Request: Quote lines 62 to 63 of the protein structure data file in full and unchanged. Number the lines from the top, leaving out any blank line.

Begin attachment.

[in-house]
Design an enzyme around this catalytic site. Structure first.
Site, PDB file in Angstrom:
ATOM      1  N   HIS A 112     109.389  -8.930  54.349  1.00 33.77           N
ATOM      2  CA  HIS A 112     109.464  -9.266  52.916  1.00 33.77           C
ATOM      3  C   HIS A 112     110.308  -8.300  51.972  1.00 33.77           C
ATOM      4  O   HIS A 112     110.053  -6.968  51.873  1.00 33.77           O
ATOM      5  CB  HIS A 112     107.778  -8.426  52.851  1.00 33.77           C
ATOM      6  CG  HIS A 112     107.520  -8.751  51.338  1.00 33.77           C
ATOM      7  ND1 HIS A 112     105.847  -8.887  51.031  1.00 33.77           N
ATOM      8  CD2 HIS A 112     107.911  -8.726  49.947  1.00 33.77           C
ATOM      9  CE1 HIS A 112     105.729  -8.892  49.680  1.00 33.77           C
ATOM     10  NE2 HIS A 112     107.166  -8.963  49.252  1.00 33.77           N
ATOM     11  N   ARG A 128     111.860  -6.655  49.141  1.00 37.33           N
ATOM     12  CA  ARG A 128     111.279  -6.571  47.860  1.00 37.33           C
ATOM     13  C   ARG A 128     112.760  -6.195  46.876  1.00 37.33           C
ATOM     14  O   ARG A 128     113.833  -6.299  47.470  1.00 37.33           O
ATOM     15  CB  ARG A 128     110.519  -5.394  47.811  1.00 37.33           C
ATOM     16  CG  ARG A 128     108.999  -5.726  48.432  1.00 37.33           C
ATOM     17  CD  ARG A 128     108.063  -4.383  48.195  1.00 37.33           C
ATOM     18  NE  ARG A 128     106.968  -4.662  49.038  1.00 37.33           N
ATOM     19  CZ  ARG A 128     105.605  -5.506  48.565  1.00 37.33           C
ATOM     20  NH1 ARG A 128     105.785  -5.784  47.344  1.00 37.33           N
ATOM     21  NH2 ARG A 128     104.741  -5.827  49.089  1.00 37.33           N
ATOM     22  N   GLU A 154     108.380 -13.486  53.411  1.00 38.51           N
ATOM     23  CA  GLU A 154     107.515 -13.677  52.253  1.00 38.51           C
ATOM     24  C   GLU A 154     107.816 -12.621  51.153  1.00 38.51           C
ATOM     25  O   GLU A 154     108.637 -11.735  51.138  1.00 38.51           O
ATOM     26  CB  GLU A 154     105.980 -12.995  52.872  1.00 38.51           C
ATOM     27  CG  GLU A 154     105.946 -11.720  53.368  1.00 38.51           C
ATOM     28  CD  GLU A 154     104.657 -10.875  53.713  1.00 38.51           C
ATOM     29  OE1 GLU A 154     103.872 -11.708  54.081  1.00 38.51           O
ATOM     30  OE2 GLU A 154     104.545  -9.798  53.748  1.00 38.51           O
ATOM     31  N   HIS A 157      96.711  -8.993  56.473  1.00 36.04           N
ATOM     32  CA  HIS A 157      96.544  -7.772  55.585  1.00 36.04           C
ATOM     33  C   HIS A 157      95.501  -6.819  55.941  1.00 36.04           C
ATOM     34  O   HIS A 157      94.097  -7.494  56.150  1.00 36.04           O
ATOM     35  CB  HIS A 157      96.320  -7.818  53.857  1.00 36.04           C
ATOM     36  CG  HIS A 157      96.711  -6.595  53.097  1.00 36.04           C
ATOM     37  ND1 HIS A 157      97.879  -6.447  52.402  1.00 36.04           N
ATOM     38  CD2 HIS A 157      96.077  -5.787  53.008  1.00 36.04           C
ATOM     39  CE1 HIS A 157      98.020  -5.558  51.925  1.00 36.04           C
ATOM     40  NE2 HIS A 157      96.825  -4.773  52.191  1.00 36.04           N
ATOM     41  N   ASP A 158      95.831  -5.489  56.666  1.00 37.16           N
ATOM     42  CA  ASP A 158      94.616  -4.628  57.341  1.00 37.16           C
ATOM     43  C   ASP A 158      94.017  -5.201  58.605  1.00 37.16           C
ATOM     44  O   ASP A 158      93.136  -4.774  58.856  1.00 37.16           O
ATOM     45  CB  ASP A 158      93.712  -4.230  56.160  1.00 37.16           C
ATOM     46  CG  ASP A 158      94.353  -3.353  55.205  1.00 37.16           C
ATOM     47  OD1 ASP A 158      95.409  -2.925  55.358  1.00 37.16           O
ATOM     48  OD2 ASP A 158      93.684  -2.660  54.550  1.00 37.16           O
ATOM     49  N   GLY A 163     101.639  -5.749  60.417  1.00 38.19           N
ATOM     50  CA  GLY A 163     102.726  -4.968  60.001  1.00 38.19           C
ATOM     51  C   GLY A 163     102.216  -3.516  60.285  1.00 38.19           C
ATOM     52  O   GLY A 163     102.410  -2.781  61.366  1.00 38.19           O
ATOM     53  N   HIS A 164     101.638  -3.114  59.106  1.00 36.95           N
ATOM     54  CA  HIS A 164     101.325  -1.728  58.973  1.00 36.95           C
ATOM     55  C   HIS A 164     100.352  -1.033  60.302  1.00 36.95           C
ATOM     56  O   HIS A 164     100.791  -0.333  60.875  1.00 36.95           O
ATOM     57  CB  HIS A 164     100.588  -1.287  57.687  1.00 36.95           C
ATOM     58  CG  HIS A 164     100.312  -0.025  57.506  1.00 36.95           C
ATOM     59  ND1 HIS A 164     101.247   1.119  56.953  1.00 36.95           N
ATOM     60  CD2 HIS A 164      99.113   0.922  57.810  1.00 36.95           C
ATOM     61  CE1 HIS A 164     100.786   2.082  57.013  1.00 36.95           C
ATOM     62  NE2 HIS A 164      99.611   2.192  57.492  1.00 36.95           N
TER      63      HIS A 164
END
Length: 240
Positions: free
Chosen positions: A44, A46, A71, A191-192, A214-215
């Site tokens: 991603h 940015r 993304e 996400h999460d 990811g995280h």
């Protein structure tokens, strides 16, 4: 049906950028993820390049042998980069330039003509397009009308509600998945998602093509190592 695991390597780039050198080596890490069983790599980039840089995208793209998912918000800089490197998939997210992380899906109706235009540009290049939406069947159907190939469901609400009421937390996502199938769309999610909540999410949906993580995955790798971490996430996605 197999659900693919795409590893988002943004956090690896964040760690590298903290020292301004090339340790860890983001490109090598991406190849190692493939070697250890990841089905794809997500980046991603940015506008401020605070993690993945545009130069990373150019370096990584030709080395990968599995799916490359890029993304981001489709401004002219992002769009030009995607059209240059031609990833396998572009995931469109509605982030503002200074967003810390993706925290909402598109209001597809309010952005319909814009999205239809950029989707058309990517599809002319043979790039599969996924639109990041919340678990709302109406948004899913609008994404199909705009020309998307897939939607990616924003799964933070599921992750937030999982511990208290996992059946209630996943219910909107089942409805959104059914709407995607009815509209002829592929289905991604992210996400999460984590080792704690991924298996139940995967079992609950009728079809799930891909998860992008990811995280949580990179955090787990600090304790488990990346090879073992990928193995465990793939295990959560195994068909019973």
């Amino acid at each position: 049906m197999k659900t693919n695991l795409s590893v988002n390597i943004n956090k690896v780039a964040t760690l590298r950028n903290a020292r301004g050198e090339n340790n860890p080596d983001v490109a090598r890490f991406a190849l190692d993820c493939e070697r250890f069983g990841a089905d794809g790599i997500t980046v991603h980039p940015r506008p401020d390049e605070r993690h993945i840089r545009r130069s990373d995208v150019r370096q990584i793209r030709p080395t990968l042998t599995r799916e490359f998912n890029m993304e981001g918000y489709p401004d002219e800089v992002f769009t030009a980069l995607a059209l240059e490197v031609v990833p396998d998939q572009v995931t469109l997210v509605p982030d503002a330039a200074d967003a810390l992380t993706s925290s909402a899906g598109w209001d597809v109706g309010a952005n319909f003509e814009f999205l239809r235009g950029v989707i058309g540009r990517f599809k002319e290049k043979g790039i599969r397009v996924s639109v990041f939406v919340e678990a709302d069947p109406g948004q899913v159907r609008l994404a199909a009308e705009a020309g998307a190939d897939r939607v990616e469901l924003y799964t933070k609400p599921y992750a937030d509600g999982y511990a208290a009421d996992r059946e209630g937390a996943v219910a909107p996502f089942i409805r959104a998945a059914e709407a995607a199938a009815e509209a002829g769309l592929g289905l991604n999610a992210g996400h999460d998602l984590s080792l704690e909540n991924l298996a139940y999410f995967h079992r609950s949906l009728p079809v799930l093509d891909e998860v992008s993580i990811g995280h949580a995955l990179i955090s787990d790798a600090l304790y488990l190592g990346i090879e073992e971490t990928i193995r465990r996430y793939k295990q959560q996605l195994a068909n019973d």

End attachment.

ATOM     59  ND1 HIS A 164     101.247   1.119  56.953  1.00 36.95           N
ATOM     60  CD2 HIS A 164      99.113   0.922  57.810  1.00 36.95           C